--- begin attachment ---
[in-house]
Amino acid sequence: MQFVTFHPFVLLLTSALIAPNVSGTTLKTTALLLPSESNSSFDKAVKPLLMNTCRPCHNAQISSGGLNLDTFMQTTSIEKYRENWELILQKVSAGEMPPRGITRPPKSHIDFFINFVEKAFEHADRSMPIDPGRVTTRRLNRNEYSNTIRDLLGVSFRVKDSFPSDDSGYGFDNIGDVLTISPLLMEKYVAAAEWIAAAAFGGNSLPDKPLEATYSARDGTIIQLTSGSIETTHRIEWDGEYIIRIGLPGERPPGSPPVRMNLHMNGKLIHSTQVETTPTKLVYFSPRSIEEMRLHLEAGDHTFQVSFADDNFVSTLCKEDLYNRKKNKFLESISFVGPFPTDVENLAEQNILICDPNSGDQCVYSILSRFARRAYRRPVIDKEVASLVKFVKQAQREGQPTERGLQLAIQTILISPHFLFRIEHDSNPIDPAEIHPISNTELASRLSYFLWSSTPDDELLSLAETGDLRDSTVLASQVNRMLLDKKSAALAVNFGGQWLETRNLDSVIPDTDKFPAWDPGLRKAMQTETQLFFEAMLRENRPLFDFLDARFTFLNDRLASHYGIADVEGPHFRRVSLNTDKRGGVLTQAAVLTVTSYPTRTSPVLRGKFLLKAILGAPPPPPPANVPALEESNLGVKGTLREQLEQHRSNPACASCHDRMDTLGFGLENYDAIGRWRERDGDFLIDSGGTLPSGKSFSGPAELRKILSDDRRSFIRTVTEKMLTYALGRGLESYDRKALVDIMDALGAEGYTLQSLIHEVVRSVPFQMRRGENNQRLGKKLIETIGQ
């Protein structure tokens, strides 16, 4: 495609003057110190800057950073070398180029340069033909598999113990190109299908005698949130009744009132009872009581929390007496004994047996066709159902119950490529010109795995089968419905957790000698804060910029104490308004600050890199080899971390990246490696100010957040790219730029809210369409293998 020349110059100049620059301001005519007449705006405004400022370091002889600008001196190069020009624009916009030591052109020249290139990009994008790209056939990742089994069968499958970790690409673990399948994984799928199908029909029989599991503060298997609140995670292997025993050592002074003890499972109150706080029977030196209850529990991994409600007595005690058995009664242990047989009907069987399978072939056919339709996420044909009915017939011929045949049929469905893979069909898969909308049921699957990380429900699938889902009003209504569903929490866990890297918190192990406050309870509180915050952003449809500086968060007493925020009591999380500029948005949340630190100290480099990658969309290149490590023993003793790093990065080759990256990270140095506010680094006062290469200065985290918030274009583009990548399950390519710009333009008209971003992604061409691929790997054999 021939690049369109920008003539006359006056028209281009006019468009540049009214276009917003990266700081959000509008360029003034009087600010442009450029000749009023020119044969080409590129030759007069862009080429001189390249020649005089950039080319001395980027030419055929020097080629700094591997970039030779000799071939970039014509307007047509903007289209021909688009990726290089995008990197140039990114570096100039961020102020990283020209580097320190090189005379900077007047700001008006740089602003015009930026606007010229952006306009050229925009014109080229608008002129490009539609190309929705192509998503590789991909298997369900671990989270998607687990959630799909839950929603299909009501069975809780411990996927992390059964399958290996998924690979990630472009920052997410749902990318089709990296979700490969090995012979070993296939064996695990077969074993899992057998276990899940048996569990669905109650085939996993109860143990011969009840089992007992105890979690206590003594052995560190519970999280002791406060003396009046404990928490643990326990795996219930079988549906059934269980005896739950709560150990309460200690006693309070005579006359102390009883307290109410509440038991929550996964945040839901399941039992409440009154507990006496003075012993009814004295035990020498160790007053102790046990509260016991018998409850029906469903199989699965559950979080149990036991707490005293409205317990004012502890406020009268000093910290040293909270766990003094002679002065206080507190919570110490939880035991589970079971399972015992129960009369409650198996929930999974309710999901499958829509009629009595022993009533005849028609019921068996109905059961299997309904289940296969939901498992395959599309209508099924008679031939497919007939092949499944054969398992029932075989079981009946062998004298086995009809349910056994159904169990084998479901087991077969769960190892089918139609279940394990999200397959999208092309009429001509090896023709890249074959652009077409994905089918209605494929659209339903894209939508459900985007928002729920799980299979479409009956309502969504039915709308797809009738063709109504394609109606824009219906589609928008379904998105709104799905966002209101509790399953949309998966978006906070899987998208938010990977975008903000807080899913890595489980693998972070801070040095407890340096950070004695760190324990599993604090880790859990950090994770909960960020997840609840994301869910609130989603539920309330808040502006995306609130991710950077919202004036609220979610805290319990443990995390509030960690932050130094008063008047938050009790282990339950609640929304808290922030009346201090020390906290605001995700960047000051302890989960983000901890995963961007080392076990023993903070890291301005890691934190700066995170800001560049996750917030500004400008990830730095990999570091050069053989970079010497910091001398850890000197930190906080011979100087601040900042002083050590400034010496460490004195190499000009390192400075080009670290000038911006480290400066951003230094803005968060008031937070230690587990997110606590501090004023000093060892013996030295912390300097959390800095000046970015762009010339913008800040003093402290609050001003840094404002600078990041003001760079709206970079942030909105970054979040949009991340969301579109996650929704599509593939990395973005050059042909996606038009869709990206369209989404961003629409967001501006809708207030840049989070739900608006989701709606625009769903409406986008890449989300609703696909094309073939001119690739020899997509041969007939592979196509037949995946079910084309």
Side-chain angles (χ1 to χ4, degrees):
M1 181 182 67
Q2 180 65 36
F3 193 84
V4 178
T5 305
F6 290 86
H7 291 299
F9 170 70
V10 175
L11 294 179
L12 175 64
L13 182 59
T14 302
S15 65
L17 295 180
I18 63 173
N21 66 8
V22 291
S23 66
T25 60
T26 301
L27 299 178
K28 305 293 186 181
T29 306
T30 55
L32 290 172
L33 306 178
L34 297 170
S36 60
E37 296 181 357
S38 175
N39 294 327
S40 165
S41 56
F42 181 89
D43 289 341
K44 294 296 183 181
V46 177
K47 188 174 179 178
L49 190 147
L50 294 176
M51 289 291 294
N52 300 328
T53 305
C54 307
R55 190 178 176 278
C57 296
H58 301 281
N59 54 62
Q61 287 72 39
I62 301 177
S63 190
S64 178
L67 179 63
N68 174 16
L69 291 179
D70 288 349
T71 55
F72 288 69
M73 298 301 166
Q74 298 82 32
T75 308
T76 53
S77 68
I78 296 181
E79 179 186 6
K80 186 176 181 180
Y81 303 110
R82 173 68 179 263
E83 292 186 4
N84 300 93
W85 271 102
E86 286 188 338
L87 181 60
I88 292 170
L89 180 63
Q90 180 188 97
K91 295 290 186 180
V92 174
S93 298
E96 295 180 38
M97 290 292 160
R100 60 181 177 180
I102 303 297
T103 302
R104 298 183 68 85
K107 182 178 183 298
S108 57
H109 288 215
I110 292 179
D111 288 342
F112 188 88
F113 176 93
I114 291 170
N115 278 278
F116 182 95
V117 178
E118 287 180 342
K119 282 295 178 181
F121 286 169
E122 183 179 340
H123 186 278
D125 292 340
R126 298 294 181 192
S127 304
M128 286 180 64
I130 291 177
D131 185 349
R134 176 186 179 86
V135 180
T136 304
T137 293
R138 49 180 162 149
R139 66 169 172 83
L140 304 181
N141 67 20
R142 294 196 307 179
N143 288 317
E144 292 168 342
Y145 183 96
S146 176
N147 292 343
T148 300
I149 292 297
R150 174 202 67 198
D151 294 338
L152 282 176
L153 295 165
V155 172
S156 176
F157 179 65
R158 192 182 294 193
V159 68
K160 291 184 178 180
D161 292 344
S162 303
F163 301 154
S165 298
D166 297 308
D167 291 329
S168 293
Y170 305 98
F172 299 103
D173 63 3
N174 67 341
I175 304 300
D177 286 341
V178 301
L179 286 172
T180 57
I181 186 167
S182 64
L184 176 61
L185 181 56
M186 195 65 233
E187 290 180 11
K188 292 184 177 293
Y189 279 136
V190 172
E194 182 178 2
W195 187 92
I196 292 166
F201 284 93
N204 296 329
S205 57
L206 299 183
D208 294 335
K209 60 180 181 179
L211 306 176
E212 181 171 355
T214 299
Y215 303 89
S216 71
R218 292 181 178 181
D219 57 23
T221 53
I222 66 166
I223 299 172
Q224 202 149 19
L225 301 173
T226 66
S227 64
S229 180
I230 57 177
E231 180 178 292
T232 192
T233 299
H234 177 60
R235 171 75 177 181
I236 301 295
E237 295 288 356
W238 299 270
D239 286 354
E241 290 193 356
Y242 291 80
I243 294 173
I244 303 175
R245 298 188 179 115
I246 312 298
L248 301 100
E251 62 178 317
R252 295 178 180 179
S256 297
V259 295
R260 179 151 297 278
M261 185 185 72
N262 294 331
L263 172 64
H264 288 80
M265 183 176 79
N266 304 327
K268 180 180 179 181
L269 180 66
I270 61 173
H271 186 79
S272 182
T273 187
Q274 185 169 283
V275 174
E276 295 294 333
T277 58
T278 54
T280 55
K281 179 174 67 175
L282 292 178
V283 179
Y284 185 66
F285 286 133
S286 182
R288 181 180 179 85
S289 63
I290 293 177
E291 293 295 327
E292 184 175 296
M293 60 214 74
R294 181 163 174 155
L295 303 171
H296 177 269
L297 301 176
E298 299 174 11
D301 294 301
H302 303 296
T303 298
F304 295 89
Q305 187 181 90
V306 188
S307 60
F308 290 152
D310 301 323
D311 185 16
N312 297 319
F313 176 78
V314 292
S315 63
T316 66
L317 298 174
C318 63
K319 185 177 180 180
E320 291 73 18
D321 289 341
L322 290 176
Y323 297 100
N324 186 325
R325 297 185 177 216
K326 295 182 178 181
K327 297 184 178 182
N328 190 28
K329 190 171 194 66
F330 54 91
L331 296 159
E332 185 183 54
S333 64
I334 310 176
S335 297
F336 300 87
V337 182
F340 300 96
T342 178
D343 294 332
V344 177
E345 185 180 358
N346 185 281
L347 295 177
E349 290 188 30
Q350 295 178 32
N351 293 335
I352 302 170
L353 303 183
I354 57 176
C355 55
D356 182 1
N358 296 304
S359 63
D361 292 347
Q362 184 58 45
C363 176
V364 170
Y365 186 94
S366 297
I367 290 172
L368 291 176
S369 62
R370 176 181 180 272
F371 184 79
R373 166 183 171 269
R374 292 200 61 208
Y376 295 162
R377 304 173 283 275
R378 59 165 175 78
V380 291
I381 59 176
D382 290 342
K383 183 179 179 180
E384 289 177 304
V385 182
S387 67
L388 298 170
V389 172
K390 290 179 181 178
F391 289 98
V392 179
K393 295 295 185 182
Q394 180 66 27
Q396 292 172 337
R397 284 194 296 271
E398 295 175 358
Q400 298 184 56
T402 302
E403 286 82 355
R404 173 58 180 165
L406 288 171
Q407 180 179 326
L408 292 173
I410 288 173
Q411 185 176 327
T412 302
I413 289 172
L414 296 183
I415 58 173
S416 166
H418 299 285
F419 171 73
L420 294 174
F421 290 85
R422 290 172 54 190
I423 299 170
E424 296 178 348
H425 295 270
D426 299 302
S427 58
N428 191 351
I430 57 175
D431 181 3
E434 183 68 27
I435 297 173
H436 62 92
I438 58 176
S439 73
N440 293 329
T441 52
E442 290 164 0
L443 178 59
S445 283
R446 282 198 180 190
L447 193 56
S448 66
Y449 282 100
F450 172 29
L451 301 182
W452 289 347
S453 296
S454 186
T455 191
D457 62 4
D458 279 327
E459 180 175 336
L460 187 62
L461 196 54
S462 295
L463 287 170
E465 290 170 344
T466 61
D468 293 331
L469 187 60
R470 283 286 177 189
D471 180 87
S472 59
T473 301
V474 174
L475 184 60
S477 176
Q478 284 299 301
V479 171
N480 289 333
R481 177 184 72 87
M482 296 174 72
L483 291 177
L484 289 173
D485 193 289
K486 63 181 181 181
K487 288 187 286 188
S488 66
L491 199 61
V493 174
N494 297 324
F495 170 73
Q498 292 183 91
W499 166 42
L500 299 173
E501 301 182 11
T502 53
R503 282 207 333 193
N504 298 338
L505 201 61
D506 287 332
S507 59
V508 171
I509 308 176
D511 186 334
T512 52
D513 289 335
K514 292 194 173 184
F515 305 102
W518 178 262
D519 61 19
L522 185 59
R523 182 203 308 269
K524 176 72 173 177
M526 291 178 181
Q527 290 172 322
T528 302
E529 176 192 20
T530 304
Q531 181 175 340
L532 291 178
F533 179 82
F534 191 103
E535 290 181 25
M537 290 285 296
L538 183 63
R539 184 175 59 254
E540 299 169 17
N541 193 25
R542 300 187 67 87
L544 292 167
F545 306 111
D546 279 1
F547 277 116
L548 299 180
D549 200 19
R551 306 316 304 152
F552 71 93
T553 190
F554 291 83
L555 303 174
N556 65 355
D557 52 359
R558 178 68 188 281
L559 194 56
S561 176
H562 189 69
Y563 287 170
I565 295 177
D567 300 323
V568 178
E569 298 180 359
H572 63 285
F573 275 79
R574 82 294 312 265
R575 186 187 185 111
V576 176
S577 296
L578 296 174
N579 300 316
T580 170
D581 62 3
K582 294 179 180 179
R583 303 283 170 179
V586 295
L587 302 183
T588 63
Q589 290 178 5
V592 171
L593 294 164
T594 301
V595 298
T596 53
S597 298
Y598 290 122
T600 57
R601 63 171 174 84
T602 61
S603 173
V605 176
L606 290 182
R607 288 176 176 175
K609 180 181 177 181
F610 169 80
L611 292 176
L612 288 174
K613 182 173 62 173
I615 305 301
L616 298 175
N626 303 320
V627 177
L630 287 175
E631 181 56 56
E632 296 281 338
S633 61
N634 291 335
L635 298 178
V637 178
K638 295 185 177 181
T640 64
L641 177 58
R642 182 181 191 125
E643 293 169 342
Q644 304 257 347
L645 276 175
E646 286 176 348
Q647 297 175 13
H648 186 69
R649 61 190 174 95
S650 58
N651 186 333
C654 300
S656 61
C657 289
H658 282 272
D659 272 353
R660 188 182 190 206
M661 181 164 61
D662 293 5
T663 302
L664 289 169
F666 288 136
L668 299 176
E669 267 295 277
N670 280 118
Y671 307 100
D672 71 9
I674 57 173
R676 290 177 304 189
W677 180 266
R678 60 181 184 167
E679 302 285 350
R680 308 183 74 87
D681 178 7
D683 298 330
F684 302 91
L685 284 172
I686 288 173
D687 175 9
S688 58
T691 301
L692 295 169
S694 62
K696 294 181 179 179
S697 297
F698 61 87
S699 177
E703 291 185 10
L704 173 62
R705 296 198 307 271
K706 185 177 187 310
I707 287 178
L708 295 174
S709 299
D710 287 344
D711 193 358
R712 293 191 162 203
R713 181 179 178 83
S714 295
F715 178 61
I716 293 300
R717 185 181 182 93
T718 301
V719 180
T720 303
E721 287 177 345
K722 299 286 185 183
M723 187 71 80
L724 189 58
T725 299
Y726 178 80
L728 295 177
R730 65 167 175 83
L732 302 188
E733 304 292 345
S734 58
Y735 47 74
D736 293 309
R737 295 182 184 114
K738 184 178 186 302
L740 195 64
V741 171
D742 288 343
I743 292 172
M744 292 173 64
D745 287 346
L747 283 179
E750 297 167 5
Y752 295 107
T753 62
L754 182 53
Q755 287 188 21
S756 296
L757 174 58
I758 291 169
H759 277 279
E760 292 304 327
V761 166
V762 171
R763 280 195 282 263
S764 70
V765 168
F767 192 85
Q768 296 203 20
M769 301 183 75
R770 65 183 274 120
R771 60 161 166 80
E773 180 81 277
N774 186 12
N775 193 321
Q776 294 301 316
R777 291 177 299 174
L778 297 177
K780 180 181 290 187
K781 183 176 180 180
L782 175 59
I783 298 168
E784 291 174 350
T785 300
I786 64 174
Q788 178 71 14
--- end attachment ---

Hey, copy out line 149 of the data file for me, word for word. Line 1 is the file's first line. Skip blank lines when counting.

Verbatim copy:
N174 67 341